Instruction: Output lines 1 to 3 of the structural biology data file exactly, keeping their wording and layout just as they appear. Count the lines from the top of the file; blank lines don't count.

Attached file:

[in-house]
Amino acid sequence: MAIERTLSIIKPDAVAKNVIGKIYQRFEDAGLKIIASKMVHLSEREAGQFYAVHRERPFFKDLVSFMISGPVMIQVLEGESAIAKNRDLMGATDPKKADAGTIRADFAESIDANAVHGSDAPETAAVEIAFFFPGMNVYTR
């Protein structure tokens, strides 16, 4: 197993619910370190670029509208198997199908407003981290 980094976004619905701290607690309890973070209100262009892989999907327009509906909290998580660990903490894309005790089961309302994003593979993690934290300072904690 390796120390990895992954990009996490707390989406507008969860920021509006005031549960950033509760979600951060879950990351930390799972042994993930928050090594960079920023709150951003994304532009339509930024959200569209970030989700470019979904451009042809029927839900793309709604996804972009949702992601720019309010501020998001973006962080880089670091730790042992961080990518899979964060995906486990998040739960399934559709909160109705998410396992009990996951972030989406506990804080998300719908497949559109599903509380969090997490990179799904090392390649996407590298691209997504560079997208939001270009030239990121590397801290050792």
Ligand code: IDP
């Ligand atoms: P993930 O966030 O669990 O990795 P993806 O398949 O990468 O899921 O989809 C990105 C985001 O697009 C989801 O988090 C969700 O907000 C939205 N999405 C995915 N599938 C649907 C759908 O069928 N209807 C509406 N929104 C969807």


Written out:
[in-house]
Amino acid sequence: MAIERTLSIIKPDAVAKNVIGKIYQRFEDAGLKIIASKMVHLSEREAGQFYAVHRERPFFKDLVSFMISGPVMIQVLEGESAIAKNRDLMGATDPKKADAGTIRADFAESIDANAVHGSDAPETAAVEIAFFFPGMNVYTR
């Protein structure tokens, strides 16, 4: 197993619910370190670029509208198997199908407003981290 980094976004619905701290607690309890973070209100262009892989999907327009509906909290998580660990903490894309005790089961309302994003593979993690934290300072904690 390796120390990895992954990009996490707390989406507008969860920021509006005031549960950033509760979600951060879950990351930390799972042994993930928050090594960079920023709150951003994304532009339509930024959200569209970030989700470019979904451009042809029927839900793309709604996804972009949702992601720019309010501020998001973006962080880089670091730790042992961080990518899979964060995906486990998040739960399934559709909160109705998410396992009990996951972030989406506990804080998300719908497949559109599903509380969090997490990179799904090392390649996407590298691209997504560079997208939001270009030239990121590397801290050792």